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Emotional Eating: Feeding Your Feelings

Eating to feed a feeling, and not a growling stomach, is emotional eating.
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WebMD Feature

When you're happy, your food of choice could be steak or pizza, when you're sad it could be ice cream or cookies, and when you're bored it could be potato chips. Food does more than fill our stomachs -- it also satisfies feelings, and when you quench those feelings with comfort food when your stomach isn't growling, that's emotional eating.

 

"Emotional eating is eating for reasons other than hunger," says Jane Jakubczak, a registered dietitian at the University of Maryland. "Instead of the physical symptom of hunger initiating the eating, an emotion triggers the eating."

 

What are the telltale signs of emotional eating, what foods are the most likely culprits when it comes to emotional eating, and how it can be overcome? Experts help WebMD find the answers.

How to Tell the Difference

There are several differences between emotional hunger and physical hunger, according to the University of Texas Counseling and Mental Health Center web site:

 

1. Emotional hunger comes on suddenly; physical hunger occurs gradually.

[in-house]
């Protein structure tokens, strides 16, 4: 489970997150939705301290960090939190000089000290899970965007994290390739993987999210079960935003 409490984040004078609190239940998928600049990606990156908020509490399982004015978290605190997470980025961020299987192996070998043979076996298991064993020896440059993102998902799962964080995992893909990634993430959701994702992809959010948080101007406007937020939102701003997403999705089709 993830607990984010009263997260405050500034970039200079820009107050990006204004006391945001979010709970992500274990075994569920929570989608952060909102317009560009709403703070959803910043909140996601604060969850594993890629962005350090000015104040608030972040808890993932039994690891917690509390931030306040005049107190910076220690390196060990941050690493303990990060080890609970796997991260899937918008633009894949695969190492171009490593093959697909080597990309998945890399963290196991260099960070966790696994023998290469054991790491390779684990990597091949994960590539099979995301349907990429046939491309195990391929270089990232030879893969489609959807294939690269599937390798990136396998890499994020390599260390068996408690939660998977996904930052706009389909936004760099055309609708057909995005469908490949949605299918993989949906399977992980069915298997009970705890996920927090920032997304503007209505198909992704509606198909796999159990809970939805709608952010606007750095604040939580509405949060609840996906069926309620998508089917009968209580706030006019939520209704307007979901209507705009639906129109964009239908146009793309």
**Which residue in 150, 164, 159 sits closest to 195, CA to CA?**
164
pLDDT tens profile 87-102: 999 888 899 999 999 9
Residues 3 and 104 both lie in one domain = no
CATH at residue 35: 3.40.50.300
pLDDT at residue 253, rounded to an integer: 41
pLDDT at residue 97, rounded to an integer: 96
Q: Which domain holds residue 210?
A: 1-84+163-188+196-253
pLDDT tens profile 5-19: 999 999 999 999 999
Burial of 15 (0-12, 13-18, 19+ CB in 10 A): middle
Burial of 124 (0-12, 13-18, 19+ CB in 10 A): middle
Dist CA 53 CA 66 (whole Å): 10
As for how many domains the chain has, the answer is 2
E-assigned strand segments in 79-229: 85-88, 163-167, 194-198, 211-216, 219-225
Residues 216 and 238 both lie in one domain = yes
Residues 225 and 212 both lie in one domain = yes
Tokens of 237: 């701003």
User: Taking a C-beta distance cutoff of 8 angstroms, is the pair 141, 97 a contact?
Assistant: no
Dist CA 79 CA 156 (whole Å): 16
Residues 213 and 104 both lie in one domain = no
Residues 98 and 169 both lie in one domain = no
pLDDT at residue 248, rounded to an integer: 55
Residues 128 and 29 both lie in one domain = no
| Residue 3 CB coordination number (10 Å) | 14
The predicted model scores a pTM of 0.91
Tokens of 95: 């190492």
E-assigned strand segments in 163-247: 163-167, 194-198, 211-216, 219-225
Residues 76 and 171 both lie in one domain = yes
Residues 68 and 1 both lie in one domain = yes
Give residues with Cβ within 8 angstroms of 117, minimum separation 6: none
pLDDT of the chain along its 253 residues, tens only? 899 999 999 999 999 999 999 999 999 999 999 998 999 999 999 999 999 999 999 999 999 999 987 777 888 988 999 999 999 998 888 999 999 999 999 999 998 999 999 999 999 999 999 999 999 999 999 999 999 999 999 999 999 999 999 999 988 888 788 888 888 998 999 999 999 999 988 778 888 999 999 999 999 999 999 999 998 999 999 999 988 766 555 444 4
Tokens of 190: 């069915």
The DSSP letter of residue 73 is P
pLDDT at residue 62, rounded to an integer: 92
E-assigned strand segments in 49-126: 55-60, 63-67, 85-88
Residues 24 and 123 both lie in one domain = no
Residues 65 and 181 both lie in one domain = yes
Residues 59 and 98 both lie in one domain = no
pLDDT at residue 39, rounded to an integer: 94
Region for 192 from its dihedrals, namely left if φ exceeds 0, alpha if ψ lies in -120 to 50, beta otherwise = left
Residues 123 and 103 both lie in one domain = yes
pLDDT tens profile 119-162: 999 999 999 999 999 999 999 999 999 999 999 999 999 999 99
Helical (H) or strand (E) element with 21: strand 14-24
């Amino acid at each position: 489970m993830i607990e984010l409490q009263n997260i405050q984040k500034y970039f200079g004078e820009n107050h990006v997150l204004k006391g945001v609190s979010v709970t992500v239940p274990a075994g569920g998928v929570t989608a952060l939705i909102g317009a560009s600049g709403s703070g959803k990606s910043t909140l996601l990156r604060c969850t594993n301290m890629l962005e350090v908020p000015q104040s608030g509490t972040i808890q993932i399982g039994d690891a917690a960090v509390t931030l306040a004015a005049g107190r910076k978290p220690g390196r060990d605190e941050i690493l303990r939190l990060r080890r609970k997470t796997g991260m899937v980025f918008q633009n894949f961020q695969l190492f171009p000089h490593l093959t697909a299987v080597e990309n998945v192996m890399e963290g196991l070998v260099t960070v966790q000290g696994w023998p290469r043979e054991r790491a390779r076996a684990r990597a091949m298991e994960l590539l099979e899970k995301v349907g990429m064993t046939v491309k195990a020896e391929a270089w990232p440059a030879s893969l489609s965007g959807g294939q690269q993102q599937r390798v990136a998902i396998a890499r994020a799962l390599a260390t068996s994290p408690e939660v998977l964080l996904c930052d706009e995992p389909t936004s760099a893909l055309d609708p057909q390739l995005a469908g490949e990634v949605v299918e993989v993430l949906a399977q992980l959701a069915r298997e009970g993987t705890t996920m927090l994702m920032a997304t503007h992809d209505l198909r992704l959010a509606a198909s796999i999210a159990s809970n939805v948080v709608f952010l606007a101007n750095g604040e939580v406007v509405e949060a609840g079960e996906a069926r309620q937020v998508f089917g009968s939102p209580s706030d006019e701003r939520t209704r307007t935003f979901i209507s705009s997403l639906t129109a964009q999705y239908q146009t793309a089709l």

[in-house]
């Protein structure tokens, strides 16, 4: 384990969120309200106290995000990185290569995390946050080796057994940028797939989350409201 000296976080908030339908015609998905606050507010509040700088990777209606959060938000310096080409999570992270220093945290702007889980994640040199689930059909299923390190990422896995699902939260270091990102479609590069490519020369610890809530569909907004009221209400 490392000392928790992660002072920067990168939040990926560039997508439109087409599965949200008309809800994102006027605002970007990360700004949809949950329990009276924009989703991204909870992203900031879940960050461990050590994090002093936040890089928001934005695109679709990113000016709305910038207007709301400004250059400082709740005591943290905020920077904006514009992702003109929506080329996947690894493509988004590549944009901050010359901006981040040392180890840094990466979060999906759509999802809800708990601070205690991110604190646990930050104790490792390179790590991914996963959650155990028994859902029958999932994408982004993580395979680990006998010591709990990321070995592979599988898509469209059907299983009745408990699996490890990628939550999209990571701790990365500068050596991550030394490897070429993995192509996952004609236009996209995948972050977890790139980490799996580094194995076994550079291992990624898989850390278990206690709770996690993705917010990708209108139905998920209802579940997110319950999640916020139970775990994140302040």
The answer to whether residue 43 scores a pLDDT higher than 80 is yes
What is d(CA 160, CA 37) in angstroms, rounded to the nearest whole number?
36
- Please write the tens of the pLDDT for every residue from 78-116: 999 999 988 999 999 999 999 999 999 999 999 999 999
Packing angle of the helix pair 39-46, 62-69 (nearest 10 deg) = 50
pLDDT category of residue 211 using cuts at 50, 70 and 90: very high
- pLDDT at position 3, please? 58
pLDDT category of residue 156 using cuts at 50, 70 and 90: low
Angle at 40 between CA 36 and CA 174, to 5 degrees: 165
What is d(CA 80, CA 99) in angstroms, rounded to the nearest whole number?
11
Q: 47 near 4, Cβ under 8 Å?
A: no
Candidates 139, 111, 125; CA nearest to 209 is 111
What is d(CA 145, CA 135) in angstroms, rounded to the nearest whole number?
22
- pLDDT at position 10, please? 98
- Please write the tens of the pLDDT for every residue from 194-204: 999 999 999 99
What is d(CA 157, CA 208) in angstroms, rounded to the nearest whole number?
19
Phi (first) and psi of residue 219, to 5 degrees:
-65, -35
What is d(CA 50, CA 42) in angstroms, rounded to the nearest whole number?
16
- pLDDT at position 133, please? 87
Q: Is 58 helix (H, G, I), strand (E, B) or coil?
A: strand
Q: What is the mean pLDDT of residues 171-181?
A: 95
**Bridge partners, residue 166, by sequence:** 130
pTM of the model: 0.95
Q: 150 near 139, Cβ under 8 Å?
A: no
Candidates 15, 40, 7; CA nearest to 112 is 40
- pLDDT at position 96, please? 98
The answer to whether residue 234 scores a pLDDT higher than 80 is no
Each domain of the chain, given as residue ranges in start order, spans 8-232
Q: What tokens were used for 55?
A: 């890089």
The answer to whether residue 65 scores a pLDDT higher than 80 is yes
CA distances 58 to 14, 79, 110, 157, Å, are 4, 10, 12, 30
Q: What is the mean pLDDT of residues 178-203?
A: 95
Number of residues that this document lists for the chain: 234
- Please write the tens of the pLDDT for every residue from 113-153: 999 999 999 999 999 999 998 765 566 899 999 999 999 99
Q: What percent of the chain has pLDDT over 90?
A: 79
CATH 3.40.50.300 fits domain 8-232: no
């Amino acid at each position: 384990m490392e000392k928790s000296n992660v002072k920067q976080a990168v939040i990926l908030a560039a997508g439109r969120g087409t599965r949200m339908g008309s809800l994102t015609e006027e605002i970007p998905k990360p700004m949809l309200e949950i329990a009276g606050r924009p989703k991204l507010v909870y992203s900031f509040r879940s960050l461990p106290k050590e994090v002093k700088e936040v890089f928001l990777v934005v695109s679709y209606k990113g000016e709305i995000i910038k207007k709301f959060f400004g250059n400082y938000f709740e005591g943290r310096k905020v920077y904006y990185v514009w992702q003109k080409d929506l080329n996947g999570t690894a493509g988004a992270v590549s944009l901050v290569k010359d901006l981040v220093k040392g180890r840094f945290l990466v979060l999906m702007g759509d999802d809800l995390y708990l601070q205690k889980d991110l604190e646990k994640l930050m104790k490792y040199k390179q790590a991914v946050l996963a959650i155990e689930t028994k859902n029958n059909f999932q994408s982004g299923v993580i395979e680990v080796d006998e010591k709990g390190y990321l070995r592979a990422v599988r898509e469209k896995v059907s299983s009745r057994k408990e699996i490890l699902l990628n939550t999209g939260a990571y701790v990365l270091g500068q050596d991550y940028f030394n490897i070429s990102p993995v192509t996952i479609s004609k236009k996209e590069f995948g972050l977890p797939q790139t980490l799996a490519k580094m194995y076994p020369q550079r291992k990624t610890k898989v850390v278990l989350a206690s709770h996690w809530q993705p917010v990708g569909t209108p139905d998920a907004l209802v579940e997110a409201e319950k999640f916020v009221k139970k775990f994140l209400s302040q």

2. When you are eating to fill a void that isn't related to an empty stomach, you crave a specific food, such as pizza or ice cream, and only that food will meet your need. When you eat because you are actually hungry, you're open to options.

3. Emotional hunger feels like it needs to be satisfied instantly with the food you crave; physical hunger can wait.

4. Even when you are full, if you're eating to satisfy an emotional need, you're more likely to keep eating. When you're eating because you're hungry, you're more likely to stop when you're full.

5. Emotional eating can leave behind feelings of guilt; eating when you are physically hungry does not.

Comfort Foods

When emotional hunger rumbles, one of its distinguishing characteristics is that you're focused on a particular food, which is likely a comfort food.

 

"Comfort foods are foods a person eats to obtain or maintain a feeling," says Brian Wansink, PhD, director of the Food and Brand Lab at the University of Illinois. "Comfort foods are often wrongly associated with negative moods, and indeed, people often consume them when they're down or depressed, but interestingly enough, comfort foods are also consumed to maintain good moods."

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